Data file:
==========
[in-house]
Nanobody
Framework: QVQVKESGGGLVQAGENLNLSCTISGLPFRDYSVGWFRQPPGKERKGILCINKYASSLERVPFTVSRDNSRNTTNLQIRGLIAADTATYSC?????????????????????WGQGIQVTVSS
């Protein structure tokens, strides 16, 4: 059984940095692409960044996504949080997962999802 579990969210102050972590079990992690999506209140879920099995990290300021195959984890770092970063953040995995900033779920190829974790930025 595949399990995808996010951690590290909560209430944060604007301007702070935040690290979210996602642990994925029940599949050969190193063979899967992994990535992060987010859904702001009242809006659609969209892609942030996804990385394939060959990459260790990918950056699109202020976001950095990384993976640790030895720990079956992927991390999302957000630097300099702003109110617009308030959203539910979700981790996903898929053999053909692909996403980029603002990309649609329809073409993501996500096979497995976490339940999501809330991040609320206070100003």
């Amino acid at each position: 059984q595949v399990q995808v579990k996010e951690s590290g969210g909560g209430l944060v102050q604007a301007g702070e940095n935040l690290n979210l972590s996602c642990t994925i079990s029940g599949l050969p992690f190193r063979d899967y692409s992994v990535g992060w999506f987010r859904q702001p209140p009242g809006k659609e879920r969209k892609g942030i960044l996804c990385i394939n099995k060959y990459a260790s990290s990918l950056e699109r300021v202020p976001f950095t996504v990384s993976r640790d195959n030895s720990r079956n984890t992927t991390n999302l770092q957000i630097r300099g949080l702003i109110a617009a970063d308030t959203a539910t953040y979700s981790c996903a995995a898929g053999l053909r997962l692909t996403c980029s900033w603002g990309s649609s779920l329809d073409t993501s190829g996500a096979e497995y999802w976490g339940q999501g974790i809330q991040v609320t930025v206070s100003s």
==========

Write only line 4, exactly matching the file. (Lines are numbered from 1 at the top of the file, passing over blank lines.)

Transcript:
């Protein structure tokens, strides 16, 4: 059984940095692409960044996504949080997962999802 579990969210102050972590079990992690999506209140879920099995990290300021195959984890770092970063953040995995900033779920190829974790930025 595949399990995808996010951690590290909560209430944060604007301007702070935040690290979210996602642990994925029940599949050969190193063979899967992994990535992060987010859904702001009242809006659609969209892609942030996804990385394939060959990459260790990918950056699109202020976001950095990384993976640790030895720990079956992927991390999302957000630097300099702003109110617009308030959203539910979700981790996903898929053999053909692909996403980029603002990309649609329809073409993501996500096979497995976490339940999501809330991040609320206070100003």